formation and application process. The assignment will be distributed on Wednesday,
February 25, 2009 and will be due on or about Monday, March 30 (the exact date will be
determined before the assignment is distributed). More details will be provided in class.

       The open book three-hour final exam (you can bring anything you want except your
attorney) will consist of a series of essay questions of varying length. More information on
the exam will be provided near the end of the semester.

                      ATTENDANCE AND CLASS PARTICIPATION

       Regular attendance is assumed, and participation in class discussion will be greatly
appreciated and rewarded if it adds value. In determining final grades, class participation may
be taken into account. Specifically, discretionary grade adjustments of up to one level (e.g.,
"B" to "B+ ", or vice versa) may be made based on meaningful contributions to class
discussion or deficient preparation, chronic muteness, extraneous surfing on your laptop, or
non-attendance.




                                                3
                  READING ASSIGNMENTS AND COURSE OUTLINE

        The weekly allocation of reading assignments is intended to be a close approximation.
You are encouraged to complete the reading for a particular week even if (as is possible) the
class discussion is so lively that we fall slightly behind this schedule.

        At the beginning of most assigned topics, the casebook provides references (in bold
type) to original sources, such as statutes and regulations, all of which can be found in the
Statutes, Regulations and Forms Supplement or, for legislation enacted since 2005, in an
Appendix to the 2008 Supplement. Assignments (sometimes abridged) to these sources also
are provided on the syllabus. Follow the syllabus. Most assignments also include problems in
the casebook that will be the focus of class discussion. The original sources are best used as
research tools for solving the problems, especially on the more technical tax topics.

       Items marked with an asterisk ( * ) will be given accelerated treatment. "Skim" means
that you only need to look at and be generally familiar with the material assigned.

      Initials (e.g., "SS" or "BR") following the date of the assignment indicate the instructor
(Schwarz or Rosen) for that week or class. We will appear together in a few classes.

Week of:

1/12/09-SS/BR         Scope Note: Our first two classes are an introductory overview of the
                      nonprofit sector -- its dimensions and demographics, historical roots,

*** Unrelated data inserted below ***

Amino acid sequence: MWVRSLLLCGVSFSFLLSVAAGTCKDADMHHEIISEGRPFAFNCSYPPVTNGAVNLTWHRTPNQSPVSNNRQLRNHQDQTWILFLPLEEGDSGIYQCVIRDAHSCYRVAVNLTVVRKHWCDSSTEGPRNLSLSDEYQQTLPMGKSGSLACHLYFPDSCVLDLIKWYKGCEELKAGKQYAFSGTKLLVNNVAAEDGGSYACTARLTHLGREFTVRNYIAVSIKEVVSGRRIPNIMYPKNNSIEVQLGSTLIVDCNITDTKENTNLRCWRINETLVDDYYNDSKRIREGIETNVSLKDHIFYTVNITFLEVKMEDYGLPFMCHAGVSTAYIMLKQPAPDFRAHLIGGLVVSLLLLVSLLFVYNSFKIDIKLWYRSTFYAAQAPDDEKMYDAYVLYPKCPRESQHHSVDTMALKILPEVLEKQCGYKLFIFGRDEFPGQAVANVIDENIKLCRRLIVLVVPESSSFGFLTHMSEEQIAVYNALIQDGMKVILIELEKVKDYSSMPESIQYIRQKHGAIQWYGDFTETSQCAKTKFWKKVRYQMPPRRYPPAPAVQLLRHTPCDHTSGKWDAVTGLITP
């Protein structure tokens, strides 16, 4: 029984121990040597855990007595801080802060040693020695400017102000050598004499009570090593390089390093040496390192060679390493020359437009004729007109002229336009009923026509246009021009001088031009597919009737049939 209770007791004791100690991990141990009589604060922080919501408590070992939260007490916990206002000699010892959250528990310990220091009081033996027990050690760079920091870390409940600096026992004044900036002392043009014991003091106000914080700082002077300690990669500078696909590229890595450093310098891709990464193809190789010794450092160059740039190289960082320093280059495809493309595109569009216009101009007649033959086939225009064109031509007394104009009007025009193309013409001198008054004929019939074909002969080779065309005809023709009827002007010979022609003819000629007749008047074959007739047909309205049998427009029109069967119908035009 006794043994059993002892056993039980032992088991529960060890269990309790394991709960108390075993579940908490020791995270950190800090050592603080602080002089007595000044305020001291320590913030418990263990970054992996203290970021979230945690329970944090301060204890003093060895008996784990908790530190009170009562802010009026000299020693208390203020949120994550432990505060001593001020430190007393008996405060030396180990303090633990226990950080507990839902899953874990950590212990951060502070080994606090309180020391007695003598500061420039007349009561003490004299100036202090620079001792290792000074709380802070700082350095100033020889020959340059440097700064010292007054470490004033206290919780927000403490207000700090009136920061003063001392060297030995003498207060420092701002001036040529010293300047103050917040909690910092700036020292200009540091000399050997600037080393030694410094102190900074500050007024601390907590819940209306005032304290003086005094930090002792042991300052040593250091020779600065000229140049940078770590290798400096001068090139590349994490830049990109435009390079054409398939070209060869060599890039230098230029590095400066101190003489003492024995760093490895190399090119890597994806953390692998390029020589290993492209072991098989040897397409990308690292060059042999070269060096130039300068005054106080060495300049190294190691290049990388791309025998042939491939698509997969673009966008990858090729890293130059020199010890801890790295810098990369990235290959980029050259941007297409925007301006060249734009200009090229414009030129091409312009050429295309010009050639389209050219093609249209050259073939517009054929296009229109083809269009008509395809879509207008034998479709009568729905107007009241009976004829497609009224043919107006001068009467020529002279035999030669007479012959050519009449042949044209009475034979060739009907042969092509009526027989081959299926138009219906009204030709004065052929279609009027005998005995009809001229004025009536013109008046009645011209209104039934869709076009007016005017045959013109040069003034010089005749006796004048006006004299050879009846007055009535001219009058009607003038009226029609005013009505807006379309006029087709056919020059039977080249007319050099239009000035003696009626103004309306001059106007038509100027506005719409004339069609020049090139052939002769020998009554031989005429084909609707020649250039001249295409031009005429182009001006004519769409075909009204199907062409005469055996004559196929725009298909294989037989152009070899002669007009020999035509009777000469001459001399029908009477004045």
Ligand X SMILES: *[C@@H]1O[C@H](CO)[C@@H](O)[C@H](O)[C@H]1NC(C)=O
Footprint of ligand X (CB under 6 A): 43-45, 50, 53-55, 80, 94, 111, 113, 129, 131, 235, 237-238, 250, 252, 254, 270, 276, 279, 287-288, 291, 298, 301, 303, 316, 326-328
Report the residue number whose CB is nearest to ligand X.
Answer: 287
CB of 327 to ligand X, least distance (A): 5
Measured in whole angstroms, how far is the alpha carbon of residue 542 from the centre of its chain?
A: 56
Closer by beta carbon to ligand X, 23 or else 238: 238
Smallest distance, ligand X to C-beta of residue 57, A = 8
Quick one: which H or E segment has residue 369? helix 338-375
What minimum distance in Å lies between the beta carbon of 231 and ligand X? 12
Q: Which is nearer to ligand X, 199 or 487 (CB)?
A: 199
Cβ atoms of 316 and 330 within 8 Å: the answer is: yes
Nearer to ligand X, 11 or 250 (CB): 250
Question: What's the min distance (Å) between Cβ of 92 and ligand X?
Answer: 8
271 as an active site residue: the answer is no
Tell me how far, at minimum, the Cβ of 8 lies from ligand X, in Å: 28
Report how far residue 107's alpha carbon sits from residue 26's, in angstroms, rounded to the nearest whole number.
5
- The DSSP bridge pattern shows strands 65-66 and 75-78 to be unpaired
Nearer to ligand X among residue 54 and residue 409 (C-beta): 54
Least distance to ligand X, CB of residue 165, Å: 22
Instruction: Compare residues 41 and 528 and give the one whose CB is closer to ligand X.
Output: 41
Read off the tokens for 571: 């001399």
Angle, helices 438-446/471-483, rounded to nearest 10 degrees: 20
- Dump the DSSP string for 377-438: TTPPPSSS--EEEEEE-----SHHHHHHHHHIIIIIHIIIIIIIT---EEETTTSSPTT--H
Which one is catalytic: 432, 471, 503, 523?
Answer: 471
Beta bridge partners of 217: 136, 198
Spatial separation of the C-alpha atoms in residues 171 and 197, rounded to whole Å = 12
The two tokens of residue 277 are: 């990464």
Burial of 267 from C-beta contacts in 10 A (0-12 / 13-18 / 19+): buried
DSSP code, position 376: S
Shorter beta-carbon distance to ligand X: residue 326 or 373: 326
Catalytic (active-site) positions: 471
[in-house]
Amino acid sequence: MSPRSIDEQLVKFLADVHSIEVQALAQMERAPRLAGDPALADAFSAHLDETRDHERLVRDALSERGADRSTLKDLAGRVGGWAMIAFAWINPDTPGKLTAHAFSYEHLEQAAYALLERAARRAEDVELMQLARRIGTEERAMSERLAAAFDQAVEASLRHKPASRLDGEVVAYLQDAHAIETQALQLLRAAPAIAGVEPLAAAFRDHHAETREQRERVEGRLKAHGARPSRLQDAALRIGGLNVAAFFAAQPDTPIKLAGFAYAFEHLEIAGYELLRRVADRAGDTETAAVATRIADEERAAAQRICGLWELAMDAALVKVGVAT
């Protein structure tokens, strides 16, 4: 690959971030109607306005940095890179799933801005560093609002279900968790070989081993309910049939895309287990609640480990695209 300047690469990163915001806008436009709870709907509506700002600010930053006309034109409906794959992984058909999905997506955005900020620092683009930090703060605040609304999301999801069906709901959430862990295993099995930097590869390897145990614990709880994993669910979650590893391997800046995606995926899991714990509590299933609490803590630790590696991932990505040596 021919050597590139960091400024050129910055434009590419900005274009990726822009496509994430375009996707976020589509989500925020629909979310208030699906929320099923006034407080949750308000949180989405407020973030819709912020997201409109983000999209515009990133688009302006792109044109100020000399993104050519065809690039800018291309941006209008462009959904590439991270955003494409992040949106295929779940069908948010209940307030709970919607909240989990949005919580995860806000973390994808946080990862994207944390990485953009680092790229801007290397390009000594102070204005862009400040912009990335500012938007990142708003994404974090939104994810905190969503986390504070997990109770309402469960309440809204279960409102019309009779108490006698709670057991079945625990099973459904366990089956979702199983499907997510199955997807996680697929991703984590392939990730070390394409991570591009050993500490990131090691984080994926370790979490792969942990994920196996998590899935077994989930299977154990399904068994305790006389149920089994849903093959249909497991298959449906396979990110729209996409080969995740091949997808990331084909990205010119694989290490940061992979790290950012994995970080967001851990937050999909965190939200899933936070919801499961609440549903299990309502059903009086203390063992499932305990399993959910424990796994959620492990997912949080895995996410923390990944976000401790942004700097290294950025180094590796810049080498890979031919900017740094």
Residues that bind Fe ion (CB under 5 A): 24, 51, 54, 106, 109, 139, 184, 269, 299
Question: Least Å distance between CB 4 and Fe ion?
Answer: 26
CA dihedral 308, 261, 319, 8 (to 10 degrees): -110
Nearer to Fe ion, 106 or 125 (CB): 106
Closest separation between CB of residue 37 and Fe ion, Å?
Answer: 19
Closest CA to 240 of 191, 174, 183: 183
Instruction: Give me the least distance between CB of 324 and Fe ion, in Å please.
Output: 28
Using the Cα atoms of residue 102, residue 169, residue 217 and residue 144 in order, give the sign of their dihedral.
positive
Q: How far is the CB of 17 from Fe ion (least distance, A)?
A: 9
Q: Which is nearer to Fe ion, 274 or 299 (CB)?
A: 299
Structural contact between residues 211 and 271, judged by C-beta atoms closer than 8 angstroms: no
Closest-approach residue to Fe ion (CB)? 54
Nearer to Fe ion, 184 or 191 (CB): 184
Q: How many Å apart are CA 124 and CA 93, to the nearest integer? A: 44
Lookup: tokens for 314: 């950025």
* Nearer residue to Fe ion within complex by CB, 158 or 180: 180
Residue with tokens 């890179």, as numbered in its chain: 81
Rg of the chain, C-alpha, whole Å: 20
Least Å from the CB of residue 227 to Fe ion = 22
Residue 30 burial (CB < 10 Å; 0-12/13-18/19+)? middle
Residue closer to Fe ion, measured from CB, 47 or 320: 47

role in contemporary society, and legal framework. We then will turn to
                      the major legal issues that arise on the formation of a nonprofit
                      organization, particularly choice of legal form under state law,
                      organizational logistics, and the attorney' s role in all of the foregoing.
                      This introductory coverage concludes with an exploration of the
                      rationale for charitable tax exemptions. A few specific hypothetical fact
                      patterns will be provided to facilitate discussion of the theoretical
                      portions of the reading assignment.

                      In explaining the attorney' s role on formation of a nonprofit
                      organization, the California C.E.B. text, Advising California Nonprofit
                      Corporations (Chapter 1), poses 11 basic questions that need to be
                      answered. They are:

                      1.     Is a new entity necessary?
                      2.     Is there a sound business plan and is the new entity financially
                             viable?
                      3.     Should the entity be a nonprofit entity?
                      4.     If nonprofit, what type of entity should it be?

                                               4
Week of:

1/12/09    5.     In what state or country should it be organized?
(cont’d)   6.     If a California nonprofit corporation, should it be public benefit,
                  mutual benefit, or religious?
           7.     If a California nonprofit corporation, should it have voting
                  members?
           8.     Is tax exemption appropriate and desirable?
           9.     If tax exemption is desirable, under what section of the Internal
                  Revenue Code?
           10.    If the organization will be exempt from tax under § 501(c)(3),
                  can it qualify for public charity classification under § 509?
           11.    If the organization does not qualify as a public charity, can it
                  accept various restrictions applicable to private foundations?

           All these questions will be answered during the course.

           INTRODUCTION

           AN OVERVIEW OF THE NONPROFIT SECTOR

           Skim I.R.C. §§ 501(a)-(c); 170(a)(1),(c); 509(a); Calif. Corp. Code
                  § 5410
           CB 2-34 (read for general background), 43-54, 60-63; 2008 Supp. 1-2

           FORMATION OF A NONPROFIT ORGANIZATION

           CHOICE OF LEGAL FORM; TAX EXEMPTION

           Calif. Corp. Code §§ 5111; 5130; 5227
           I.R.C. § 508(a)-(c)
           CB 66-77; 320-327; 351-353
           Skim sample organizational forms (Stat. Supp. 948-960) and Form 1023